A sharply articulated, well-documented exposé of the political and economic manipulation of language.
British journalist Poole (Trigger Happy, 2000) sets forth an array of pernicious examples of what he calls Unspeak, the sneaky use of feel-good euphemism that tends to cancel any opposition (e.g., “pro-life”). Differentiating it from Orwell’s Newspeak, which excised undesirable words from the lexicon or renamed them for political propaganda, and Doublethink, which is outright lying, the author defines Unspeak as “a name that smuggles in a political opinion . . . a whole partisan argument is packed into a sound bite.” He devotes chapters to such large, unwieldy themes as “terror” or “freedom,” delineating within each some of the more egregious examples of Unspeak in Britain and America. Under the rubric “community,” for example, Poole discusses at length the ways in which politicians invoke the word’s warm, fuzzy nostalgia in order to include by exclusion: e.g., using the phrase “Muslim community” already presupposes that it is separate from the mainstream, defensive and all of one mind. “The term ‘asylum seeker’ had gradually replaced ‘refugee,’ ” he writes, “shifting the emphasis from what a person was fleeing to the demands he was making on the country he arrived in.” Blair and Bush say “I believe” rather than “I think,” vanquishing reason and facts with faith. Poole persuasively demonstrates how the term “global warming” has devolved into the less terrifying “climate change.” He traces the tweaking of genetically engineered food, first to “genetically modified,” then to the more positive-sounding “genetically enhanced,” and finally to “the shiny new term ‘biotechnology foods’ . . . genes (a Word to Lose) could be forgotten.” The author heats up when taking on the “march of freedom,” or the “global struggle against violent extremism,” a more virtuous-seeming contest than the “war on terror.” He offers reasoned criticism of machinations by governments, media and interest groups, both left and right.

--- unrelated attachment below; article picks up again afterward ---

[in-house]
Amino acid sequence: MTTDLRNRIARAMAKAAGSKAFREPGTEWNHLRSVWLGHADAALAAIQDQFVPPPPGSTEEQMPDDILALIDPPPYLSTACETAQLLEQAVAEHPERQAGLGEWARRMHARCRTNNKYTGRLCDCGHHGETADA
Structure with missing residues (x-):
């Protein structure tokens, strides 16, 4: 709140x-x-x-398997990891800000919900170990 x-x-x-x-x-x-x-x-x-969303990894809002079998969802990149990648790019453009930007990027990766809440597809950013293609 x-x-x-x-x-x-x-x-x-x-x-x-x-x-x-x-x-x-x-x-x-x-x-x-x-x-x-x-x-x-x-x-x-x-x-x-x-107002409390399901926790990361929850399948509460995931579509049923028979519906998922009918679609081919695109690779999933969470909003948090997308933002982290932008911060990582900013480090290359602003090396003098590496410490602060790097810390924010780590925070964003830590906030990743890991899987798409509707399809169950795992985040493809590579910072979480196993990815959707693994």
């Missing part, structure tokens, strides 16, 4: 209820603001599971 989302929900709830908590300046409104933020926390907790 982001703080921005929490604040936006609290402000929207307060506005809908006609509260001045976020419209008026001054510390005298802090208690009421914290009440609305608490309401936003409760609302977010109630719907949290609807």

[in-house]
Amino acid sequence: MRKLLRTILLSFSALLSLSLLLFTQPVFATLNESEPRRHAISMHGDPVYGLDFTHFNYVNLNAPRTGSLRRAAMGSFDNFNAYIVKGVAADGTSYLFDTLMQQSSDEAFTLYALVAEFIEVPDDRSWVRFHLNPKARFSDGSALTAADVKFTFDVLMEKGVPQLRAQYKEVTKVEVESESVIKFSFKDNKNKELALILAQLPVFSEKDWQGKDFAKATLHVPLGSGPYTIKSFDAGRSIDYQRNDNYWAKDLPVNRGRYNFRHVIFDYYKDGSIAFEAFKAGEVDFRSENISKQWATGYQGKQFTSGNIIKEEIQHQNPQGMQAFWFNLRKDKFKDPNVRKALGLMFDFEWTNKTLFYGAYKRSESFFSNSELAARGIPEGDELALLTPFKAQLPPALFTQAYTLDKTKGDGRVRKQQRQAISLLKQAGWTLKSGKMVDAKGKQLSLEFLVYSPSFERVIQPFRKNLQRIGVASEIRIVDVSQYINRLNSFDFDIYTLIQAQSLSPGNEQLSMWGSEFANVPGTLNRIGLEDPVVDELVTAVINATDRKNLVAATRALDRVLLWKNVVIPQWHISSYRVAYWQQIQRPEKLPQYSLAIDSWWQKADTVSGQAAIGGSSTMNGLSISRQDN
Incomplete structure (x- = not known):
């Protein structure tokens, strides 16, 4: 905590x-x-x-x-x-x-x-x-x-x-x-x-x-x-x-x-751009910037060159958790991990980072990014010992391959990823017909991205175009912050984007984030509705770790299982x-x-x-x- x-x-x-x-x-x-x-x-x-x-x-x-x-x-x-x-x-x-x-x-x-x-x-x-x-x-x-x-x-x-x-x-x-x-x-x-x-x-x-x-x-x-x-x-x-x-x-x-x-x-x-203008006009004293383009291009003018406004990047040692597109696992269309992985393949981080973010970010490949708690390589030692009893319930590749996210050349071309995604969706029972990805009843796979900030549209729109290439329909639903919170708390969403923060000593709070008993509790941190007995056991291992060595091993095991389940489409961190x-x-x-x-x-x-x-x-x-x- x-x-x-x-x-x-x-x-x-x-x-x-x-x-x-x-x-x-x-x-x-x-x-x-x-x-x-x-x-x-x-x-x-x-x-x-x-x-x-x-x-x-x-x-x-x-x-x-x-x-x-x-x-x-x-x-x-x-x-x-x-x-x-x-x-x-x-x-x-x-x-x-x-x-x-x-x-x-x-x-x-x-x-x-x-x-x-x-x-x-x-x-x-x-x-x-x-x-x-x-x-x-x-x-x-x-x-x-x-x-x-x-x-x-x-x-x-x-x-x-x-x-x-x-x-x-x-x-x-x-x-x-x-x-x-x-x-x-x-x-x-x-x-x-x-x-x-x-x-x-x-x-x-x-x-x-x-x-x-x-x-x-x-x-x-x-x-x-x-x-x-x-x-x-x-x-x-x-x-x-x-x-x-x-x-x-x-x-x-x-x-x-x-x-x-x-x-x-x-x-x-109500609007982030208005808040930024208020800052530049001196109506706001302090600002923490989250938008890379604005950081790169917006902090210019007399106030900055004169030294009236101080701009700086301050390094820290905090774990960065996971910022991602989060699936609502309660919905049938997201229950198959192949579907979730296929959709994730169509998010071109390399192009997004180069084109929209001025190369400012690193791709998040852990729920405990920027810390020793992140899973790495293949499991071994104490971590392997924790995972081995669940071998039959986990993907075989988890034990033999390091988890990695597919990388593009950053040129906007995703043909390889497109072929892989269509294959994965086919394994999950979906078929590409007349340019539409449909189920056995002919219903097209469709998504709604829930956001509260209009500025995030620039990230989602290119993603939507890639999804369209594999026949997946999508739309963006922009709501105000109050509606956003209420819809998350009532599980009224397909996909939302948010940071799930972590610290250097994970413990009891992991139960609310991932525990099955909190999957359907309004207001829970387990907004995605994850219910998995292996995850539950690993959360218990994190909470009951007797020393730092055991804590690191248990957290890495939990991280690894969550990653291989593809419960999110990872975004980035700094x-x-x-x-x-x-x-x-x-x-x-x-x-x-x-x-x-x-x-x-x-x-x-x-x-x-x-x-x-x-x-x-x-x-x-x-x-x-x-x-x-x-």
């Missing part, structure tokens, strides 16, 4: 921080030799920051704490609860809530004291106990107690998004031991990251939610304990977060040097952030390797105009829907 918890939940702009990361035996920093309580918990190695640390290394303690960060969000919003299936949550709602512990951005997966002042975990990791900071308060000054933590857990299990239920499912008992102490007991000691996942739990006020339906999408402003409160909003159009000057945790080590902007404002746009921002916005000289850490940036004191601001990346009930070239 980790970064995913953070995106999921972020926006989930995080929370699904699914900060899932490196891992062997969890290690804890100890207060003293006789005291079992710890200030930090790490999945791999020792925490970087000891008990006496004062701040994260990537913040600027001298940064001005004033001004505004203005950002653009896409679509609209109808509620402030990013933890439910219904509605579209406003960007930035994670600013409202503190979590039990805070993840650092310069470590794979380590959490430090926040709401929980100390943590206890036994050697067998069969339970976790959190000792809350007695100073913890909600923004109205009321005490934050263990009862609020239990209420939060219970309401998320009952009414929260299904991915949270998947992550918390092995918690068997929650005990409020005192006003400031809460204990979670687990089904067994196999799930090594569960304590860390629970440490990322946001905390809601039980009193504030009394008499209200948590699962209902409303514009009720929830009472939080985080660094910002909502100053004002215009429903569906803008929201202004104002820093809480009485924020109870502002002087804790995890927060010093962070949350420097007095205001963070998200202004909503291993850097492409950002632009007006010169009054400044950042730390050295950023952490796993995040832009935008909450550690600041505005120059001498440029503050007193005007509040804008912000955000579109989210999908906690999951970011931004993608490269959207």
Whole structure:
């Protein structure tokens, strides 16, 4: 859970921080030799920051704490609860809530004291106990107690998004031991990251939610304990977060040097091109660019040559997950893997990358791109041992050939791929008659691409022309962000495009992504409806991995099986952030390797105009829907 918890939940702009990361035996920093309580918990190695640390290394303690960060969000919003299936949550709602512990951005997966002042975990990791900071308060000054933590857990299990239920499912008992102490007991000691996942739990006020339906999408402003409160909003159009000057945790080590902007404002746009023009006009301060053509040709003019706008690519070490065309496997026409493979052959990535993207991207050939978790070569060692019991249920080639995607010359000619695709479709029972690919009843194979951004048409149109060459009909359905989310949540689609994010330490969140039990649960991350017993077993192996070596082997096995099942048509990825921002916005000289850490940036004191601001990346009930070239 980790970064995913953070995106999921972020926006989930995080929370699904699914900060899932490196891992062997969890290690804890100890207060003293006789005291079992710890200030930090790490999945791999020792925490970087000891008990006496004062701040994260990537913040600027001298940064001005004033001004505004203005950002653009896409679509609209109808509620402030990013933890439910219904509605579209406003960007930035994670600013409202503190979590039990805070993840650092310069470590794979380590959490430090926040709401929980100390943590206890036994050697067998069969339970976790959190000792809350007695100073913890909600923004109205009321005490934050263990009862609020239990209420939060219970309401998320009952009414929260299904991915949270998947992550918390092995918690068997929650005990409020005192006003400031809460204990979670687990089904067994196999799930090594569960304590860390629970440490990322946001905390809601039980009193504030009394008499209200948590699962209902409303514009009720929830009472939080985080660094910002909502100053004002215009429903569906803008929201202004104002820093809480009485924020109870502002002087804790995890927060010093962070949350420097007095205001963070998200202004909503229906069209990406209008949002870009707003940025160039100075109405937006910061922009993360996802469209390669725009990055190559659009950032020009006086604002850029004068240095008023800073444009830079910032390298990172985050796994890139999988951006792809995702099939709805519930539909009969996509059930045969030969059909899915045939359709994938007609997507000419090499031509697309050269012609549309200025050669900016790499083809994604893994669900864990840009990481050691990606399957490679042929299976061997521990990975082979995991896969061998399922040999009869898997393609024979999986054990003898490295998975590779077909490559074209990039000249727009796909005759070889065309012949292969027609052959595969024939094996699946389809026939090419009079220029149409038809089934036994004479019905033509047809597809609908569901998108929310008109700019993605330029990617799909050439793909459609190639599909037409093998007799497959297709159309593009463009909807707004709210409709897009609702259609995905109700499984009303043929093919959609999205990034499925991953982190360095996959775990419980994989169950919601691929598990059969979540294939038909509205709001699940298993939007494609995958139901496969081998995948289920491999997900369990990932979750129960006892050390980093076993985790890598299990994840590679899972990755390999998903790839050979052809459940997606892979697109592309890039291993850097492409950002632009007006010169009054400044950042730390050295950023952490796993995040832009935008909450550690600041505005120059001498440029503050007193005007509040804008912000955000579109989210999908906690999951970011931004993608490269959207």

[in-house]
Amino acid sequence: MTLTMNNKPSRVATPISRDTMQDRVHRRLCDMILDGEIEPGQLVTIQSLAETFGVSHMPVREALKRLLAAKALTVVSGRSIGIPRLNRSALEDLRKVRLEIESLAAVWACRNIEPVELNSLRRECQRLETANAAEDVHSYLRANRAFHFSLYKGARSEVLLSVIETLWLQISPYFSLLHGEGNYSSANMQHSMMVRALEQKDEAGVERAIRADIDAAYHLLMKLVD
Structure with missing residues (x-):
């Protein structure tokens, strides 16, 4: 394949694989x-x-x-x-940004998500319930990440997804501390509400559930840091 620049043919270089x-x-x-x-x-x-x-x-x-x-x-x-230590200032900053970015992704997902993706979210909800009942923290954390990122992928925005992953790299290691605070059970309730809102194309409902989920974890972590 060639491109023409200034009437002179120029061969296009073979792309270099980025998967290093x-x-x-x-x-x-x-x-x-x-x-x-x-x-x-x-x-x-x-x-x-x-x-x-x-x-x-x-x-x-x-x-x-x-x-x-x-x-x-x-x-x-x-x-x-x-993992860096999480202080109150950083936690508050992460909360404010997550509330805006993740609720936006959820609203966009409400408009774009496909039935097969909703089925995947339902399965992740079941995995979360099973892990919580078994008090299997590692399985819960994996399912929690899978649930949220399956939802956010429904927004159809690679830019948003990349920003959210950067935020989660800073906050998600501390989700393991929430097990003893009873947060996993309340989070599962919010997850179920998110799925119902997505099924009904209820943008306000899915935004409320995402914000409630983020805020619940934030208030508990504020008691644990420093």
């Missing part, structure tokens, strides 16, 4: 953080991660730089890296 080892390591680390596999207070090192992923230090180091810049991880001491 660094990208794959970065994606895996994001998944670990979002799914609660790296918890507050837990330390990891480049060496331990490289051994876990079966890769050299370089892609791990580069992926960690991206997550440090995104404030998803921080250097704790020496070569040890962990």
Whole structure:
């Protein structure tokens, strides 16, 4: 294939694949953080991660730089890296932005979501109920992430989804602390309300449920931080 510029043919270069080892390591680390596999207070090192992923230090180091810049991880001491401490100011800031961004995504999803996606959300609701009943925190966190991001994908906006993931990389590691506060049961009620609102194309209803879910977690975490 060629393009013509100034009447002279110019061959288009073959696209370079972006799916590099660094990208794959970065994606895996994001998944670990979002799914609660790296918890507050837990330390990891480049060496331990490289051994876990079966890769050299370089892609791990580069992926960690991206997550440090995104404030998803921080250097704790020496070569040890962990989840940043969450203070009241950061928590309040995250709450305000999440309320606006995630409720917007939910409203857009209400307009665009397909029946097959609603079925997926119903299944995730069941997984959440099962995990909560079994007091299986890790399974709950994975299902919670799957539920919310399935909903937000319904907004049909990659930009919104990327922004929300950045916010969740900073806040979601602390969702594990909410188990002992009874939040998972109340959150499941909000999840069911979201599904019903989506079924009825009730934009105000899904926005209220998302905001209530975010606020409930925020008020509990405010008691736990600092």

A necessary public service in prose occasionally rendered sarcastic by the absurdity of the material. Fans of Orwell, take heart.